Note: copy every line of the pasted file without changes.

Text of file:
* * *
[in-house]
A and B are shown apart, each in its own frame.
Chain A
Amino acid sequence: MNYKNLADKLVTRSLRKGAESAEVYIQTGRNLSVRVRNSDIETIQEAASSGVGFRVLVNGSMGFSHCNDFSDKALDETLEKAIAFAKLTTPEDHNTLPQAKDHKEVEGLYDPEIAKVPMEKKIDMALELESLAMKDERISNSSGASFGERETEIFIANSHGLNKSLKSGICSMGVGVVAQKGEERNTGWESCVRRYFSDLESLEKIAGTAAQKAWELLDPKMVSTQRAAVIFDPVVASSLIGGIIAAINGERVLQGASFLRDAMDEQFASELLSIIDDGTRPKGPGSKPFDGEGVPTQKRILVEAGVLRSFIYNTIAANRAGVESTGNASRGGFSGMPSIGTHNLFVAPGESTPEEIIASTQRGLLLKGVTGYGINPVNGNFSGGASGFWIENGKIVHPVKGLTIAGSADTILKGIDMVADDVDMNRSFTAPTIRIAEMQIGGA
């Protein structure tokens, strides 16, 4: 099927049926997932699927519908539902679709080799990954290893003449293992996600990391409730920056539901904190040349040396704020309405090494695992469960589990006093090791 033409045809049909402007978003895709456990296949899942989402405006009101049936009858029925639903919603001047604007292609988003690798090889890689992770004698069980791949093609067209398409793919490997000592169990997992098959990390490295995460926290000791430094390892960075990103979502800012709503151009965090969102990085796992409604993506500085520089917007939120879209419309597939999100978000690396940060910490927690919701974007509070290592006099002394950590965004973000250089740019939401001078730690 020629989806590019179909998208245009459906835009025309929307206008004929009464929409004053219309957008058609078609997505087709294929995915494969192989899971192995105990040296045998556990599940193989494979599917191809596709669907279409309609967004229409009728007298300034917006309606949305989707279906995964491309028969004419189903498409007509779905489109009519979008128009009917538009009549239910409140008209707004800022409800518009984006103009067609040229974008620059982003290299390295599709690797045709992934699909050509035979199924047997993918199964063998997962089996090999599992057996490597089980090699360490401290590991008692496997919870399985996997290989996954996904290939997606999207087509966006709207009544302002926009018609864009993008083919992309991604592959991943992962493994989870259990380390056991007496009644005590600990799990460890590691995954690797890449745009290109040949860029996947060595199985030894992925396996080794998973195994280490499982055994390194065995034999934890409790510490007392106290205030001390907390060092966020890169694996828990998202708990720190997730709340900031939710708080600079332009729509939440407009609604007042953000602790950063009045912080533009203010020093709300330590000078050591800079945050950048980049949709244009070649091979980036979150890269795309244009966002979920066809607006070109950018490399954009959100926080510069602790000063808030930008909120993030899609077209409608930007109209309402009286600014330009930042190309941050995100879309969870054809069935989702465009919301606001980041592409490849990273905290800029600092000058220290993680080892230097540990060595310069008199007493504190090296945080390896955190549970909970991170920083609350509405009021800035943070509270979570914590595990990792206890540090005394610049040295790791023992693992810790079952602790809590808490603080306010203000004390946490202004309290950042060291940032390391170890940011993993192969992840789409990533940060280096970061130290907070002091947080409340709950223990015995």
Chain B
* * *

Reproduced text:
[in-house]
A and B are shown apart, each in its own frame.
Chain A
Amino acid sequence: MNYKNLADKLVTRSLRKGAESAEVYIQTGRNLSVRVRNSDIETIQEAASSGVGFRVLVNGSMGFSHCNDFSDKALDETLEKAIAFAKLTTPEDHNTLPQAKDHKEVEGLYDPEIAKVPMEKKIDMALELESLAMKDERISNSSGASFGERETEIFIANSHGLNKSLKSGICSMGVGVVAQKGEERNTGWESCVRRYFSDLESLEKIAGTAAQKAWELLDPKMVSTQRAAVIFDPVVASSLIGGIIAAINGERVLQGASFLRDAMDEQFASELLSIIDDGTRPKGPGSKPFDGEGVPTQKRILVEAGVLRSFIYNTIAANRAGVESTGNASRGGFSGMPSIGTHNLFVAPGESTPEEIIASTQRGLLLKGVTGYGINPVNGNFSGGASGFWIENGKIVHPVKGLTIAGSADTILKGIDMVADDVDMNRSFTAPTIRIAEMQIGGA
């Protein structure tokens, strides 16, 4: 099927049926997932699927519908539902679709080799990954290893003449293992996600990391409730920056539901904190040349040396704020309405090494695992469960589990006093090791 033409045809049909402007978003895709456990296949899942989402405006009101049936009858029925639903919603001047604007292609988003690798090889890689992770004698069980791949093609067209398409793919490997000592169990997992098959990390490295995460926290000791430094390892960075990103979502800012709503151009965090969102990085796992409604993506500085520089917007939120879209419309597939999100978000690396940060910490927690919701974007509070290592006099002394950590965004973000250089740019939401001078730690 020629989806590019179909998208245009459906835009025309929307206008004929009464929409004053219309957008058609078609997505087709294929995915494969192989899971192995105990040296045998556990599940193989494979599917191809596709669907279409309609967004229409009728007298300034917006309606949305989707279906995964491309028969004419189903498409007509779905489109009519979008128009009917538009009549239910409140008209707004800022409800518009984006103009067609040229974008620059982003290299390295599709690797045709992934699909050509035979199924047997993918199964063998997962089996090999599992057996490597089980090699360490401290590991008692496997919870399985996997290989996954996904290939997606999207087509966006709207009544302002926009018609864009993008083919992309991604592959991943992962493994989870259990380390056991007496009644005590600990799990460890590691995954690797890449745009290109040949860029996947060595199985030894992925396996080794998973195994280490499982055994390194065995034999934890409790510490007392106290205030001390907390060092966020890169694996828990998202708990720190997730709340900031939710708080600079332009729509939440407009609604007042953000602790950063009045912080533009203010020093709300330590000078050591800079945050950048980049949709244009070649091979980036979150890269795309244009966002979920066809607006070109950018490399954009959100926080510069602790000063808030930008909120993030899609077209409608930007109209309402009286600014330009930042190309941050995100879309969870054809069935989702465009919301606001980041592409490849990273905290800029600092000058220290993680080892230097540990060595310069008199007493504190090296945080390896955190549970909970991170920083609350509405009021800035943070509270979570914590595990990792206890540090005394610049040295790791023992693992810790079952602790809590808490603080306010203000004390946490202004309290950042060291940032390391170890940011993993192969992840789409990533940060280096970061130290907070002091947080409340709950223990015995």
Chain B